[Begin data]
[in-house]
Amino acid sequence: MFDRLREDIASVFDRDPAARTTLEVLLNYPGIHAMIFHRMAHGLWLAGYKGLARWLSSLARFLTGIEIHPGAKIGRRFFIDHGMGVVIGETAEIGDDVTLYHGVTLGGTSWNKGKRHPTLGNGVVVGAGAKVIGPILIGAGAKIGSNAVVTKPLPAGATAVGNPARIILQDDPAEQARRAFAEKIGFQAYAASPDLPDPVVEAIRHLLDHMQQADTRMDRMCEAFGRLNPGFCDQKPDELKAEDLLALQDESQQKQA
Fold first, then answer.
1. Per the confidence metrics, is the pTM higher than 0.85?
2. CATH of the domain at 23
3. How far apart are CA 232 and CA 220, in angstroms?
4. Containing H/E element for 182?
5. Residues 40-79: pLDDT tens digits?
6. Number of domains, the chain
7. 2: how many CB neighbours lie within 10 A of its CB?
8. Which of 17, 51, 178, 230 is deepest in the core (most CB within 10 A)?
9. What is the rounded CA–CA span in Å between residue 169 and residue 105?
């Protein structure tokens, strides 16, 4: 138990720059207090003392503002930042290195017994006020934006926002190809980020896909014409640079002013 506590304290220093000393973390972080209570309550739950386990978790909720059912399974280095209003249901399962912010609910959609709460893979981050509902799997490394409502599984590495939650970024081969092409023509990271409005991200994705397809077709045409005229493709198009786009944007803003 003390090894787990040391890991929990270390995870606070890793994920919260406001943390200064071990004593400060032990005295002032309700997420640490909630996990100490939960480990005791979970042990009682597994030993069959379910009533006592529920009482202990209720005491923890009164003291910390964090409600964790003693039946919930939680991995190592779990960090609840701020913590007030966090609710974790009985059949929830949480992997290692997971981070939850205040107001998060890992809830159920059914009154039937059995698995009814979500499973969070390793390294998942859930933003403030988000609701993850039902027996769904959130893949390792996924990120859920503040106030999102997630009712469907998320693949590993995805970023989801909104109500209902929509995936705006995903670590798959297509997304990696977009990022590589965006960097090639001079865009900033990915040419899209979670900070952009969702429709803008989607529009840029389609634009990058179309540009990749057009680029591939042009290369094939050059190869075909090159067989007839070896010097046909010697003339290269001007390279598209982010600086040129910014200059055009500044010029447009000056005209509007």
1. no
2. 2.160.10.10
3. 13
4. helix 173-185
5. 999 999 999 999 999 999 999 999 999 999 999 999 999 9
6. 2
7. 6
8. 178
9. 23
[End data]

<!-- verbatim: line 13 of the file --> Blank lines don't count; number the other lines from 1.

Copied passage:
């Protein structure tokens, strides 16, 4: 138990720059207090003392503002930042290195017994006020934006926002190809980020896909014409640079002013 506590304290220093000393973390972080209570309550739950386990978790909720059912399974280095209003249901399962912010609910959609709460893979981050509902799997490394409502599984590495939650970024081969092409023509990271409005991200994705397809077709045409005229493709198009786009944007803003 003390090894787990040391890991929990270390995870606070890793994920919260406001943390200064071990004593400060032990005295002032309700997420640490909630996990100490939960480990005791979970042990009682597994030993069959379910009533006592529920009482202990209720005491923890009164003291910390964090409600964790003693039946919930939680991995190592779990960090609840701020913590007030966090609710974790009985059949929830949480992997290692997971981070939850205040107001998060890992809830159920059914009154039937059995698995009814979500499973969070390793390294998942859930933003403030988000609701993850039902027996769904959130893949390792996924990120859920503040106030999102997630009712469907998320693949590993995805970023989801909104109500209902929509995936705006995903670590798959297509997304990696977009990022590589965006960097090639001079865009900033990915040419899209979670900070952009969702429709803008989607529009840029389609634009990058179309540009990749057009680029591939042009290369094939050059190869075909090159067989007839070896010097046909010697003339290269001007390279598209982010600086040129910014200059055009500044010029447009000056005209509007």